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Proponents of the wand often argue that errors stem from the human operator, who they say must be rested, with a steady pulse and body temperature, before using the device. Then the operator must walk in place a few moments to “charge” the device, since it has no battery or other power source, and walk with the wand at right angles to the body. If there are explosives or drugs to the operator’s left, the wand is supposed to swivel to the operator’s left and point at them. If, as often happens, no explosives or weapons are found, the police may blame a false positive on other things found in the car, like perfume, air fresheners or gold fillings in the driver’s teeth. On Tuesday, a guard and a driver for The New York Times, both licensed to carry firearms, drove through nine police checkpoints that were using the device. None of the checkpoint guards detected the two AK-47 rifles and ammunition inside the vehicle. –“Iraq Swears by Bomb Detector U.S. Sees as Useless,” Rod Nordland, The New York Times
Seventy-two times, Dick Cheney can’t remember, he can’t recall
(he’s got no memory of anything at all);
missed connections illustrated (“We shared a bear suit at an apartment party”);
“You know what else is a perfectly natural bodily function? Explosive diarrhea after eating bad clams.”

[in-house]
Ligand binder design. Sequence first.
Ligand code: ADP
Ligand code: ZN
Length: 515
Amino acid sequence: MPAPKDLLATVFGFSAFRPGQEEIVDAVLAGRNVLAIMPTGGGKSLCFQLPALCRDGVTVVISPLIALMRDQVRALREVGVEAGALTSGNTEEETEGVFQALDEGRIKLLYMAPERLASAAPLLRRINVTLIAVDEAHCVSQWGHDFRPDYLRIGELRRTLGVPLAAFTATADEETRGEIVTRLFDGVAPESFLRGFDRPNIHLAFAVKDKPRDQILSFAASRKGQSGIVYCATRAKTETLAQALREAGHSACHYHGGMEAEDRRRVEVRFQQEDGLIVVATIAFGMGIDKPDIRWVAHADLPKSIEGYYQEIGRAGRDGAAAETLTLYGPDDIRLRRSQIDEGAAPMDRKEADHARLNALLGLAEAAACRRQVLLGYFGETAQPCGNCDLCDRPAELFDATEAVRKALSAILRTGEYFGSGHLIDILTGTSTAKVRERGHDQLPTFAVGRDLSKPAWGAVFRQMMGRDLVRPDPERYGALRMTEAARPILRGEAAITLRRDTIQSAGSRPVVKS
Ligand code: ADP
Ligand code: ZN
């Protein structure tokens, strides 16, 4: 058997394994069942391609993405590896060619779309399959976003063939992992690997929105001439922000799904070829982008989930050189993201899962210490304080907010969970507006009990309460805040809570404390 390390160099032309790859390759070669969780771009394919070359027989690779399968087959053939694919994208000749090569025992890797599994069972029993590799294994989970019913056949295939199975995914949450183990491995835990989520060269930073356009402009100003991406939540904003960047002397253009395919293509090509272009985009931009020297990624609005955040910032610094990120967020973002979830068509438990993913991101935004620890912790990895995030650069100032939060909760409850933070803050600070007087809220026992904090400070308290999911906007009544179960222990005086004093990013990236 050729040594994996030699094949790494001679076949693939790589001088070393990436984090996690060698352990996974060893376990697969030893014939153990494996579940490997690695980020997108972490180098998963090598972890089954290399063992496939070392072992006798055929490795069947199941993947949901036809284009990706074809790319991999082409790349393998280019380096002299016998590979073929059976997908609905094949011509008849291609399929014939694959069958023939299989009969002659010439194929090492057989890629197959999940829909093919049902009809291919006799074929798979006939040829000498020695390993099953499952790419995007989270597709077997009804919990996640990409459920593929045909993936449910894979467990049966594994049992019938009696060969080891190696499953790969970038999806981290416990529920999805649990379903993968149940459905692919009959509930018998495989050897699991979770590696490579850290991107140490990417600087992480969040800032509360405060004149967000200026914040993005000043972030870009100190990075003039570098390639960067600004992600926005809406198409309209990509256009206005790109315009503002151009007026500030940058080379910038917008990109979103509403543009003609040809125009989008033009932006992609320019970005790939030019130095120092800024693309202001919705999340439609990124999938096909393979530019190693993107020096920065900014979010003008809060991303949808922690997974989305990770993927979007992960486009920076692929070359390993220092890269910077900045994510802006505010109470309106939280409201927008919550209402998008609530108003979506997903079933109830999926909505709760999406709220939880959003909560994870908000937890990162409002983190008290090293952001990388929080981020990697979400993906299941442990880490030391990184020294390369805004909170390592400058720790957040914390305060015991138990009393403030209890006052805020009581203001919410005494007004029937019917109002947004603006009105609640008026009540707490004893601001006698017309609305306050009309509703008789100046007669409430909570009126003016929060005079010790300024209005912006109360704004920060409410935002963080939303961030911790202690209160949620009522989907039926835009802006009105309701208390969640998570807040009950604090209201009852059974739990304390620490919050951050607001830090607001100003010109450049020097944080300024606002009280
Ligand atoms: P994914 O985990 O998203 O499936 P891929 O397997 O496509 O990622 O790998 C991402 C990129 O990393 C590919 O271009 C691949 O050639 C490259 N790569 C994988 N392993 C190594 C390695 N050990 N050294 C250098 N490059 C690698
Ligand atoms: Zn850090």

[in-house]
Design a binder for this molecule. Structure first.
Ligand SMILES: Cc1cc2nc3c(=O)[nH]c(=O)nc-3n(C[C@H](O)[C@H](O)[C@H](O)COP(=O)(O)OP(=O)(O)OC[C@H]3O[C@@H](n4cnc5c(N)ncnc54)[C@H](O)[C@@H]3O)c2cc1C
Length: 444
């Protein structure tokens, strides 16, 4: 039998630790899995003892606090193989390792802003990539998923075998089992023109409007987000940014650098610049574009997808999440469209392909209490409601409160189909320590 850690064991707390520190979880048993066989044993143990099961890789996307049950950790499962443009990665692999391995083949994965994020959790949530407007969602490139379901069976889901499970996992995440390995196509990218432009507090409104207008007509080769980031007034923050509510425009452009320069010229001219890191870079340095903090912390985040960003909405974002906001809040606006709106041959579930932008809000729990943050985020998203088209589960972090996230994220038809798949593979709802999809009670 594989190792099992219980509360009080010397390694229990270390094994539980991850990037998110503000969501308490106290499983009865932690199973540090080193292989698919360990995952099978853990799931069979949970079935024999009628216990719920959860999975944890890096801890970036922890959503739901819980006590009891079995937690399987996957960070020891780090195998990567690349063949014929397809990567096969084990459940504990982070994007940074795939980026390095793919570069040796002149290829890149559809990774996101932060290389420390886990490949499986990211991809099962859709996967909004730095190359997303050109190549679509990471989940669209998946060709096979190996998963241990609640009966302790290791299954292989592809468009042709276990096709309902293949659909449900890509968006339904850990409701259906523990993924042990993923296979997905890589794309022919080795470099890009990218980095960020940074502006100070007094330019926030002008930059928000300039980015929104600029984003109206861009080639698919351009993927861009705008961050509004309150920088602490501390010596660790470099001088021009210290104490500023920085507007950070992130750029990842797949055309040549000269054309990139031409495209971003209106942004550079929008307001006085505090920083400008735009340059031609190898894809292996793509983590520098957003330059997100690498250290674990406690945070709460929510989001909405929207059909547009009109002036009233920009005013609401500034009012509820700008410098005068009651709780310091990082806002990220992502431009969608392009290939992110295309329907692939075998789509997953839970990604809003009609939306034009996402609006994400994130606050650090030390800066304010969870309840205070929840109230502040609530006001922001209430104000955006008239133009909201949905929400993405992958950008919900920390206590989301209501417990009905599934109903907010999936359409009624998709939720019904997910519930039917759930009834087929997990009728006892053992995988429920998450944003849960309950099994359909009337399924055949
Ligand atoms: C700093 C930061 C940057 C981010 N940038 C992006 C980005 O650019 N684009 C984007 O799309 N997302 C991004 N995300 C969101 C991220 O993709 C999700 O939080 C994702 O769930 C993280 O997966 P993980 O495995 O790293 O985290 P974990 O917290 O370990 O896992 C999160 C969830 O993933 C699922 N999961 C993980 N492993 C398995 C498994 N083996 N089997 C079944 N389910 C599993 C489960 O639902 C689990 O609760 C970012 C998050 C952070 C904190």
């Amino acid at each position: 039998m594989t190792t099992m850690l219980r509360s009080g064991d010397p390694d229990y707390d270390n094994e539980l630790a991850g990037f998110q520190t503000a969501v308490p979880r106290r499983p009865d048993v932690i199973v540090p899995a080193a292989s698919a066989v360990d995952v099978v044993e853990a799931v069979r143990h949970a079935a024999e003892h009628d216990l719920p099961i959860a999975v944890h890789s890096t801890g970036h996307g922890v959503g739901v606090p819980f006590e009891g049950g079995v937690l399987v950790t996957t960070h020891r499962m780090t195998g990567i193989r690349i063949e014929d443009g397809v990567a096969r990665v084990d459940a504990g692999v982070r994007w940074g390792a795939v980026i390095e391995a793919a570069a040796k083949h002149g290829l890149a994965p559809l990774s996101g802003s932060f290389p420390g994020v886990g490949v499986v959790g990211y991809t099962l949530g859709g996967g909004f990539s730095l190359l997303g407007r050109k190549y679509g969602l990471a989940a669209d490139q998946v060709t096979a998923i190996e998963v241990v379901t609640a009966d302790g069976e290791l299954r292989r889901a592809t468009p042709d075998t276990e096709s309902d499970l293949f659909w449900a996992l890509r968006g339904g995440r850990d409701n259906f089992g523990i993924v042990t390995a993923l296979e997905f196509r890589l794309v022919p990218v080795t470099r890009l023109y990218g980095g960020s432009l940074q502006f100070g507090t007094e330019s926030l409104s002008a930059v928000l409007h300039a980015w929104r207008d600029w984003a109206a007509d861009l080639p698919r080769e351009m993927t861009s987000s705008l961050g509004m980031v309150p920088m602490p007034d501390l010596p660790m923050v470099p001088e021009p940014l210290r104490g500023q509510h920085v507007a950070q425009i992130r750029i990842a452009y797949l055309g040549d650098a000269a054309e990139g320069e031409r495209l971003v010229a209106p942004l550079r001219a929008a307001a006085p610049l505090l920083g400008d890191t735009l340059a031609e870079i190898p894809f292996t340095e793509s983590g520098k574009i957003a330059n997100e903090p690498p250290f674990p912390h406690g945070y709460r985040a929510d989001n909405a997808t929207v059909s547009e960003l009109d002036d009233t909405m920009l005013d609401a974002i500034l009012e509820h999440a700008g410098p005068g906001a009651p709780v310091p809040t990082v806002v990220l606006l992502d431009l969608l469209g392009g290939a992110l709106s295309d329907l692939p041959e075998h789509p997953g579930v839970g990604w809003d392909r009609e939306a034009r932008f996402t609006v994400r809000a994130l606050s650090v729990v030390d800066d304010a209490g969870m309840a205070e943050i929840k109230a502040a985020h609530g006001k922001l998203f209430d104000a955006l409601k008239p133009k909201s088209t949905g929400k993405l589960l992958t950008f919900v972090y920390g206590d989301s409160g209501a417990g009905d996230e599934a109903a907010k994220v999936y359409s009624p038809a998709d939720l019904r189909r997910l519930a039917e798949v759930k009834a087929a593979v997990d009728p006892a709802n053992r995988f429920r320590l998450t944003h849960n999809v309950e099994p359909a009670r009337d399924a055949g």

Rand expresses, with a certain pithy crudeness, an instinct that courses through us all sometimes: I’m the only one who matters! I’m not going to care about any of you any more! She then absolutizes it in an amphetamine Benzedrine-charged reductio ad absurdum by insisting it is the only feeling worth entertaining, ever. This urge exists everywhere, but why is it supercharged on the American right, where Rand is regarded as something more than a bad, bizarre joke? In a country where almost everyone believes—wrongly, on the whole—that they are self-made, perhaps it is easier to have contempt for people who didn’t make much of themselves. And Rand taps into something deeper still. The founding myth of America is that the nation was built out of nothing, using only reason and willpower. Rand applies this myth to the individual American: You made yourself. You need nobody and nothing except your reason to rise and dominate. You can be America, in one body, in one mind. –“How Ayn Rand Became an American Icon: The perverse allure of a damaged woman,” Johann Hari, Slate